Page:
Dickens continues, “Working Title, the studio, wanted to see a first assembly about a week after the production wrapped. At this point, the film was two and a half hours long, so we needed to cut out 30 minutes. Edgar and I took 14 weeks to get to a director’s cut and had a very tight film by the first screening. Very little actually changed between this time and the locked picture. It was mainly tightening and refining. People are obsessed with the length of a picture. If you concentrate on making things work—picking up the pacing and making sure the jokes pay off—then the length takes care of itself. When everything feels right, you have the impression that the film is shorter.”
Edgar Wright is a hands-on director who stayed involved in the edit, so I wondered if a lot was rearranged during post. According to Dickens, “Hot Fuzz is really Bad Boys II meets The Office meets Agatha Christie meets The Wicker Man. It’s a linear whodunit, so you can’t really change the script very much during editing or it won’t make sense. Edgar shoots for the edit, with two and three cameras at times, lots of angles and various styles. He likes to try out different things, and often this only makes sense once you actually cut the shots together.”
Dickens continues, “Our editorial team used four Avid Media Composer Adrenaline systems connected to Unity shared storage. Jonathan Amos, my associate editor, would be cutting some sequences for me in one room while I was cutting in another. Tina [Catriona Richardson, first assistant editor] was editing sound effects for me in the third room, while the fourth Avid was used by Steve Mercer, our visual effects editor. Edgar would bounce back and forth among the rooms. He liked the interludes between scenes—for example, the sequence when the police are pulling guns out of their lock-up that leads into the next scene. To make these interludes work, I needed more close-ups and inserts than what had originally been filmed, so there were a few extra days of second unit photography. These were the main items added as a result of editing.”
More Than Color Grading
Hot Fuzz went through a digital intermediate process. “Framestore [CFC Digital Lab] in London did the film scanning and DI. We were running two rooms for about three to four weeks. Double Negative did our visual effects, and they were very involved from the beginning, but many elements were added during the grade. For example, a lot of the sparks and bullet hits were added during our DI at Framestore. They used the [FilmLight] Baselight system, so our DI sessions were a combination of visual effects and color grading. This was going on while the mix was proceeding on the dub stage, so Edgar, Jess Hall [the director of photography] and I worked in shifts. In the morning, we’d review work done at Framestore and then in the evening move to the dub stage to supervise the mix.”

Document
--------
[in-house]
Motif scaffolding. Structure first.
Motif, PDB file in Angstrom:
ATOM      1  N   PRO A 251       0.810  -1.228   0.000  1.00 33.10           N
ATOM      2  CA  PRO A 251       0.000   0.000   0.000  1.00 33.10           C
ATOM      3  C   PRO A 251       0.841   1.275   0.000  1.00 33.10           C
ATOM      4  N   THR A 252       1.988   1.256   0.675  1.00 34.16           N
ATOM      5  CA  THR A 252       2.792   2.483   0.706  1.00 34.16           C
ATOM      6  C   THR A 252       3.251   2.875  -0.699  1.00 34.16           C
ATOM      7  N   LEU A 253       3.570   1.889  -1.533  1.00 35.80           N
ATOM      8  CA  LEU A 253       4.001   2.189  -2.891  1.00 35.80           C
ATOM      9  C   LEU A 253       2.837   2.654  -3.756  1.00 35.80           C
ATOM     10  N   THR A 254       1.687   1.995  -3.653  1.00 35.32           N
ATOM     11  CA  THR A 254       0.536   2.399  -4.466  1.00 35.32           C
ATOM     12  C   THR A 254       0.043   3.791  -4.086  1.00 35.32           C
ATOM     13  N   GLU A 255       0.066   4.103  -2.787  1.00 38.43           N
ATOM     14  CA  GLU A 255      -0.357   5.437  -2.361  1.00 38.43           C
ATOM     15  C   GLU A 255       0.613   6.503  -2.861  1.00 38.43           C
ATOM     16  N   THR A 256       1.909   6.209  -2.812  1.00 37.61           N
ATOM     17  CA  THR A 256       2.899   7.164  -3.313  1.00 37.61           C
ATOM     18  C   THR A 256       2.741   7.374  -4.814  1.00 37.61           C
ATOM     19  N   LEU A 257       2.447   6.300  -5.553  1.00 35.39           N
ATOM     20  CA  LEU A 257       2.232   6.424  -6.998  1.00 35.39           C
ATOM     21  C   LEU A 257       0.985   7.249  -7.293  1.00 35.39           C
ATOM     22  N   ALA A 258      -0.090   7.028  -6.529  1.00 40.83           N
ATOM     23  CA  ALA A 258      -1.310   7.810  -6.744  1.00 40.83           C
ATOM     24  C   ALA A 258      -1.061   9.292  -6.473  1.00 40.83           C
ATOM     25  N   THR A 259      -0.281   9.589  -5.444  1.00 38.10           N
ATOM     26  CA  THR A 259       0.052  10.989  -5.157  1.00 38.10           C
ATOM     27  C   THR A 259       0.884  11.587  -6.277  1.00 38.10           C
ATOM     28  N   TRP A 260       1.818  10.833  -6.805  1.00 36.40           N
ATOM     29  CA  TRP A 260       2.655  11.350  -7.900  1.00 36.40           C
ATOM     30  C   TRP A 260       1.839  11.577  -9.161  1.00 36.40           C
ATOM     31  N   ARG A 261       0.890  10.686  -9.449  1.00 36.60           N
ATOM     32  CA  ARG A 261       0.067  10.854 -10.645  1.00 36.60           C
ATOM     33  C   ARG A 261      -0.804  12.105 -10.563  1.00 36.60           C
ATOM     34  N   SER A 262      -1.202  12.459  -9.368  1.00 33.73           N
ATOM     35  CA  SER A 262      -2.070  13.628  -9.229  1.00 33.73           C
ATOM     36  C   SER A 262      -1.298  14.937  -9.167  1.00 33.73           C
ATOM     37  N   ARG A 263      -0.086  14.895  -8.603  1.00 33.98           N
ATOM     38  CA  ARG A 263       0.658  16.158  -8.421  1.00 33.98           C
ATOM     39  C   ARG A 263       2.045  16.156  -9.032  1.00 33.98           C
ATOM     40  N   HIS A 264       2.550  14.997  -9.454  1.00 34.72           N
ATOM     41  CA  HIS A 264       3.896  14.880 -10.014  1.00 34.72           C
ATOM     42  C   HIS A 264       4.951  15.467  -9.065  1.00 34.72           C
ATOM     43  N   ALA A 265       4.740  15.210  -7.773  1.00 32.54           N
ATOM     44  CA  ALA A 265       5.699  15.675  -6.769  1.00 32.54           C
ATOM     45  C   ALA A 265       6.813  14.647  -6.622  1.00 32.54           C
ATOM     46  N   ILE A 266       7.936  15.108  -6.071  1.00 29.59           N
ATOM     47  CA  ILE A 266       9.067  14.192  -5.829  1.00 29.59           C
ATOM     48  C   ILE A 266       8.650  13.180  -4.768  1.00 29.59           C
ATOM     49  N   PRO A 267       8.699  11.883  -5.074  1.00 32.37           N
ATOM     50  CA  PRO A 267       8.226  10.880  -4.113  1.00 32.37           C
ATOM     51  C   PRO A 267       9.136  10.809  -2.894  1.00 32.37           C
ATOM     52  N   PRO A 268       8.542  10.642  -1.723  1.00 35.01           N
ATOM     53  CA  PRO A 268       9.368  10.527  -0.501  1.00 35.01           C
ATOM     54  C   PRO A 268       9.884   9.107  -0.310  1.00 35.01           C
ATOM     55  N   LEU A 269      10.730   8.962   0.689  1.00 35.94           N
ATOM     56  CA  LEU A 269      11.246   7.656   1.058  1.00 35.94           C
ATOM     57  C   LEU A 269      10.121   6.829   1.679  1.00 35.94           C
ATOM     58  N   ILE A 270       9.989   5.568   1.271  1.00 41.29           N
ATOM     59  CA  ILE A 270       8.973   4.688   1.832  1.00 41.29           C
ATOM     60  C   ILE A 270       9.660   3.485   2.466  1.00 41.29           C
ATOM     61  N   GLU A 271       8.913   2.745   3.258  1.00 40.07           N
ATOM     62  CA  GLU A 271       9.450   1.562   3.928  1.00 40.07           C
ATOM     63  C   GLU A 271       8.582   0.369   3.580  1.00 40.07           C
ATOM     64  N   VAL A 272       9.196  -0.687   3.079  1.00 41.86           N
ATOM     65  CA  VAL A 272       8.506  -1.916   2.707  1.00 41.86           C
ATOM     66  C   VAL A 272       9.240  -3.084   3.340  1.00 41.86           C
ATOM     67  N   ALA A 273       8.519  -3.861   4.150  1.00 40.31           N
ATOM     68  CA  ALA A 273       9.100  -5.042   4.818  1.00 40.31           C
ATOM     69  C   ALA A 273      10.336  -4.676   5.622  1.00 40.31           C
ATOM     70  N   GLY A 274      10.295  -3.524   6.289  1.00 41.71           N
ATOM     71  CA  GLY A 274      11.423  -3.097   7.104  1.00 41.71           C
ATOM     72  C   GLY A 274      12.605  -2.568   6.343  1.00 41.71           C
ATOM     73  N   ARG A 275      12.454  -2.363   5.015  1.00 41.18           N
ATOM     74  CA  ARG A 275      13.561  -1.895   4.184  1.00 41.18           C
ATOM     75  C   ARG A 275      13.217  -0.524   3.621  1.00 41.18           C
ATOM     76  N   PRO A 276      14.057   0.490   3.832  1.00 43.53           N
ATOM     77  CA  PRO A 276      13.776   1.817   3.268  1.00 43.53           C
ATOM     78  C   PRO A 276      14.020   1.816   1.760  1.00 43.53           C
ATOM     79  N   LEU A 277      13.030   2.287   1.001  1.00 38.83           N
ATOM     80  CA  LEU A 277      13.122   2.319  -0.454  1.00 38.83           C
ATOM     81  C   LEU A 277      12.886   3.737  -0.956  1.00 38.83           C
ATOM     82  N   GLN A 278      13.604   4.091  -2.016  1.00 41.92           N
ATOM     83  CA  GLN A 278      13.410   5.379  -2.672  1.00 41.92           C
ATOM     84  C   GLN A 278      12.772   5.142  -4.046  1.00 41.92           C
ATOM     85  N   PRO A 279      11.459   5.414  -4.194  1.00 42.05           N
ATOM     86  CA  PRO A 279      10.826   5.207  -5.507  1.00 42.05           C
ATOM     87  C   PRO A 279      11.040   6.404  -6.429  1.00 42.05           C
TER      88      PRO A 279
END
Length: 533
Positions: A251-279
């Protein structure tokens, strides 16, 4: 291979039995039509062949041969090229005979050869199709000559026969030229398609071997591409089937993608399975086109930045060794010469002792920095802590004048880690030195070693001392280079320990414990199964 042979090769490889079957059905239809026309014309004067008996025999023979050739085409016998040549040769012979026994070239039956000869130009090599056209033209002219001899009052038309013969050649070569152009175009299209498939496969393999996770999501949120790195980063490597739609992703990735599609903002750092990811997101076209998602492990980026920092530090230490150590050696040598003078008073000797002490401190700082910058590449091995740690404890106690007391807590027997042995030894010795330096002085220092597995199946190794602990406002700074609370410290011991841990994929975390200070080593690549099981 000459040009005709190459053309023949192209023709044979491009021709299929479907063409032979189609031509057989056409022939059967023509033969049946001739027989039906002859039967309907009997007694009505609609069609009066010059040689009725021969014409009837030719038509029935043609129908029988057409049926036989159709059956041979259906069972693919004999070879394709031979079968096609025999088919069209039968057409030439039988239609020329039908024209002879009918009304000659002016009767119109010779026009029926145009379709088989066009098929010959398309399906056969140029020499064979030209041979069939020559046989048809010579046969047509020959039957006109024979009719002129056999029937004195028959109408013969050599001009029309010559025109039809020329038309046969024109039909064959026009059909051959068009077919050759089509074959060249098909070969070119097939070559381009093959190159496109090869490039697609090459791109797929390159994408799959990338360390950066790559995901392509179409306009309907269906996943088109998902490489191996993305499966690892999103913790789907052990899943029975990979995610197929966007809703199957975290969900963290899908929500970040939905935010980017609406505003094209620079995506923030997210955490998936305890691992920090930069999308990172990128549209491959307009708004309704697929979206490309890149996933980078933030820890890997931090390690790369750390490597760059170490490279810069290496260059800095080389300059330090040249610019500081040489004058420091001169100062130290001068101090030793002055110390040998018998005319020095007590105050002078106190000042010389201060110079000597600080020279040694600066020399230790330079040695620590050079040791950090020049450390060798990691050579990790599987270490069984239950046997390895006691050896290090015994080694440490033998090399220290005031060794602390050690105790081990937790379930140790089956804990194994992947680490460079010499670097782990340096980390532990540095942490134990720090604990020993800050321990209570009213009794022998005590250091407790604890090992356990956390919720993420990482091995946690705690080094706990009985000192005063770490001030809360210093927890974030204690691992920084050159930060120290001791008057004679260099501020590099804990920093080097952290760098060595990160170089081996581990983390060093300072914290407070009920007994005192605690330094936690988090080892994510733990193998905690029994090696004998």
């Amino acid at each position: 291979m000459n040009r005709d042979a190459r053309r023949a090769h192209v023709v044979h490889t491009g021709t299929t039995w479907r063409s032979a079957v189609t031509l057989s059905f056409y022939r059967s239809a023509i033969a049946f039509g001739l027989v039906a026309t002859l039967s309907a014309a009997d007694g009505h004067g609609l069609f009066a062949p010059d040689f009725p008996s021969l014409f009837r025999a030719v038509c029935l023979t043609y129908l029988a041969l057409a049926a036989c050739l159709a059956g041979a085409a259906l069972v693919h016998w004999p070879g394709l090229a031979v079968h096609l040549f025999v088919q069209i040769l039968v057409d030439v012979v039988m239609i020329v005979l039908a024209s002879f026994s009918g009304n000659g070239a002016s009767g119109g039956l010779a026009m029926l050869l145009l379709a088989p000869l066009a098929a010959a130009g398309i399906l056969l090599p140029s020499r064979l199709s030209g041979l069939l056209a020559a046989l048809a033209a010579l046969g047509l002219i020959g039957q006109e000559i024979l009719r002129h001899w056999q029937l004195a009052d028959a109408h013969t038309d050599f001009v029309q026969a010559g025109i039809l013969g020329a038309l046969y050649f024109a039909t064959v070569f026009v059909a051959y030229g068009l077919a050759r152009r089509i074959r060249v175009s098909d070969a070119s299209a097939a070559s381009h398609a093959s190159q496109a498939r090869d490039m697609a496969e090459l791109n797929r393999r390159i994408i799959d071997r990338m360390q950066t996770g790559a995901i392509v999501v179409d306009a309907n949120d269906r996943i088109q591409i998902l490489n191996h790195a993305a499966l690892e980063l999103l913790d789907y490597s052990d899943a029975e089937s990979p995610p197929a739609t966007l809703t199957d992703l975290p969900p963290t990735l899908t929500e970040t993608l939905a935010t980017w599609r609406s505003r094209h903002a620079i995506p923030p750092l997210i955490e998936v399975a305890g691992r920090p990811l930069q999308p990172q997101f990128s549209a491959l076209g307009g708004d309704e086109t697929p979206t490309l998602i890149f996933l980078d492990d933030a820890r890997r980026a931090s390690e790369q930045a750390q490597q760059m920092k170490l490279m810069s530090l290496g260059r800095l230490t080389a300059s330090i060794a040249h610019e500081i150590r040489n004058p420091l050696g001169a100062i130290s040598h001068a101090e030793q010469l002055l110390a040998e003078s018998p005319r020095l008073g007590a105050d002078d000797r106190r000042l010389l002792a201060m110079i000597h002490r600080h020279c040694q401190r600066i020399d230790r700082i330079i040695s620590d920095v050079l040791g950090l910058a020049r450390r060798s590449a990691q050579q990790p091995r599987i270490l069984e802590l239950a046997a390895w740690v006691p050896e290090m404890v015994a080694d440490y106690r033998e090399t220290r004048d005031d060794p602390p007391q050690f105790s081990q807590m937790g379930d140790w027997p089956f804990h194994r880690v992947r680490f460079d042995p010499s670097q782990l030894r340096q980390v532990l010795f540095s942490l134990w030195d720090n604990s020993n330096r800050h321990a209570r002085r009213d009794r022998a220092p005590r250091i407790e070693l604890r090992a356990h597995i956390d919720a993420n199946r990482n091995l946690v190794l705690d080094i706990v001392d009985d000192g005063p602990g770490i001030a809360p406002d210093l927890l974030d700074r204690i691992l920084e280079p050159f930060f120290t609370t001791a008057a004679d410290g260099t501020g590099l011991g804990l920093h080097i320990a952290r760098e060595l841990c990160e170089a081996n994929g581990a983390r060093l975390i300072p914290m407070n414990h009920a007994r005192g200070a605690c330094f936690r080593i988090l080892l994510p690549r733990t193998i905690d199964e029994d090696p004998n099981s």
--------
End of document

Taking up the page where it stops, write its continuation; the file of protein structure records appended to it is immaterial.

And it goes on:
Hot Fuzz had a budget of under $20 million, but it looks like a lot more on screen. Dickens adds, “I doubt you could normally do this kind of film for the budget we had. We got a lot of good deals from all the folks. They had the time, and it was a labor of love for many of them. Our composer, David Arnold, was even able to record for several days with a full orchestra at Air Studios. Having a full orchestral score in a film of this budget really helps to bring everything up a notch.”
Although Dickens is still young, his career spans film, linear and nonlinear editing, so I was interested in his perspective on the technology. “The only other NLE I’ve used at this level is Lightworks. I like the Avid, but it really has an interface designed for typing, so I find myself fiddling about with the interface more than I should. Lightworks is strictly focused on the ergonomics of cutting. I use a lot of soundtracks when I edit, so I wish that the Avid Adrenaline had more sophisticated audio tools. We also experienced some slowdowns on the system because our project was so large, but I find that if the equipment basically does its job, you’ll find a way to make it work. In our case, we had four systems connected to shared storage so that Jon, the assistants and I could all work on different scenes and assemblies as the schedule dictated. It’s hard to envision doing this on another system. Of course, the most important thing to me is how to best tell the story. Feature film cutting doesn’t really require a lot of effects, and Lightworks was so good because it focused on storytelling. On the other hand, directors are the ones who really expect more out of edit systems these days. They expect the sort of features included in an Avid or similar systems so that they can mock up more visual effects. Editors have to learn how to use more of these tools to satisfy the directors.”
Whether your movie tastes are for comedies or action thrillers, Hot Fuzz offers a bit of each. Students of film will certainly recognize the work that’s gone into this one. If you study film editing technique, you won’t be disappointed by taking a break to check out Dickens’ latest work.